Geography, choice and participation in higher education in England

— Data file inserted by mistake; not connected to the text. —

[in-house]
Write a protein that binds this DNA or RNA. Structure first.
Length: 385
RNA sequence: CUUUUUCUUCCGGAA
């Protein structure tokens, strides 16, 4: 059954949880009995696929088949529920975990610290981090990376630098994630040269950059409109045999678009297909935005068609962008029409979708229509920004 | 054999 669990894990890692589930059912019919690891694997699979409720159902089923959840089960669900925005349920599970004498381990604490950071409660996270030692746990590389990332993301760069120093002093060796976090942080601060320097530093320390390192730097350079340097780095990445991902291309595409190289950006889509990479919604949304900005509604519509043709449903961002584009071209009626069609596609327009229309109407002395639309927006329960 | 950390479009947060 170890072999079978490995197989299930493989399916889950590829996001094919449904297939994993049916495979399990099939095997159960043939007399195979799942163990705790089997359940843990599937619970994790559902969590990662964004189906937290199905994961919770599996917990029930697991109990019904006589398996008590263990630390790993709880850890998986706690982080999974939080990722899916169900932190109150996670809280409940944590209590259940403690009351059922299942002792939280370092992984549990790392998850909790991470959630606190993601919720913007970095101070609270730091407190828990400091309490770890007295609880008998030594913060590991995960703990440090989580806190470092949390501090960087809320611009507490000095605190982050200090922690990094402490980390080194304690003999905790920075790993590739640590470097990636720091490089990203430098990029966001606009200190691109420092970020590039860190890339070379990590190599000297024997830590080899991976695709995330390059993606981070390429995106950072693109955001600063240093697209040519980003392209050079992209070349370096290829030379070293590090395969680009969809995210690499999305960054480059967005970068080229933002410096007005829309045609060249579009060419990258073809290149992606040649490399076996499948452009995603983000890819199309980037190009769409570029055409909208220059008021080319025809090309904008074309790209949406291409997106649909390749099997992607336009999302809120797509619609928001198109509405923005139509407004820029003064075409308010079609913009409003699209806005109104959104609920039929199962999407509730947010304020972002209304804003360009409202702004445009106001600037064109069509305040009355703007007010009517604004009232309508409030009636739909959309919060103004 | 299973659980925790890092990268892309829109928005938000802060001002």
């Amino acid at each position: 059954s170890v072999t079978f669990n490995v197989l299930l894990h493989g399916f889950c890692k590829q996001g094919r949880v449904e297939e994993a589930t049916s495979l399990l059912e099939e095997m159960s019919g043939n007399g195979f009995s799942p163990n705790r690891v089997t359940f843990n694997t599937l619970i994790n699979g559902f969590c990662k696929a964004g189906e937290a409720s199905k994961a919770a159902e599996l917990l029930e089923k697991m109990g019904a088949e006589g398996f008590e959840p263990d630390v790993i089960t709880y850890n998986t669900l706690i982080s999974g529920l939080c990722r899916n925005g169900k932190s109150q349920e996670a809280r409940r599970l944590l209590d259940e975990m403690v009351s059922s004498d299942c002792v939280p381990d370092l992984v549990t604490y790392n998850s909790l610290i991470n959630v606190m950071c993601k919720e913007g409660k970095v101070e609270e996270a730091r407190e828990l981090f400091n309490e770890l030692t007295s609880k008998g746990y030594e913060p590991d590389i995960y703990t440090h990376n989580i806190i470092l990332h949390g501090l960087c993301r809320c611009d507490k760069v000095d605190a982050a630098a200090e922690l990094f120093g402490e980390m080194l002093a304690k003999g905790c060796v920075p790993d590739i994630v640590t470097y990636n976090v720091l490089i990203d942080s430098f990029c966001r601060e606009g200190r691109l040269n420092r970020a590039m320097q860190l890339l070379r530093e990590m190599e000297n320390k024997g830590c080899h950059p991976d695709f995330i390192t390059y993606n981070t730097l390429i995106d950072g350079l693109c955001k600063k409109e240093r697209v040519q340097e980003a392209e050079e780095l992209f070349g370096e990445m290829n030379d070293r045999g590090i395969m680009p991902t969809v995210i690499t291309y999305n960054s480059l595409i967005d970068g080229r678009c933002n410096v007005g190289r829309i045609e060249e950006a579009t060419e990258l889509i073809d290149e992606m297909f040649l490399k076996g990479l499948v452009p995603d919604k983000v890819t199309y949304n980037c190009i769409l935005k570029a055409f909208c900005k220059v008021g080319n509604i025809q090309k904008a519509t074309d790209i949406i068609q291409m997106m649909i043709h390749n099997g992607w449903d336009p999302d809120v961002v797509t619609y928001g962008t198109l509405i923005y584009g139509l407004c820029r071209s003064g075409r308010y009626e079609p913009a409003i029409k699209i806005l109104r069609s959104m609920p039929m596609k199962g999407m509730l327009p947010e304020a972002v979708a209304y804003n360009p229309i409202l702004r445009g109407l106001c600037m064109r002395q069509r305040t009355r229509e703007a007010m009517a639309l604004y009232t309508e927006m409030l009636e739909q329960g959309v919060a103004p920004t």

Geographical distance between parental home and college poses a potential barrier to higher education entry, and could be a deciding factor when choosing between institutions. Low income and ethnic minority groups are often considered to be especially constrained in their education choices because they need to stay at home for financial or cultural reasons. This paper provides new quantitative evidence on these issues from England. It improves on previous studies by using a large administrative data set on a population of school leavers and by using methods that allow for great flexibility in the way that student characteristics might influence choices. Our findings are that geographical distance has little or no impact on the decision to participate in England, but has a strong influence on institutional choice. Institution attendance probabilities fall with distance from home, with an elasticity of −1. Small, but potentially important differences between student groups have implications for the sorting of students across institutions, and hence the spatial distribution of human capital.
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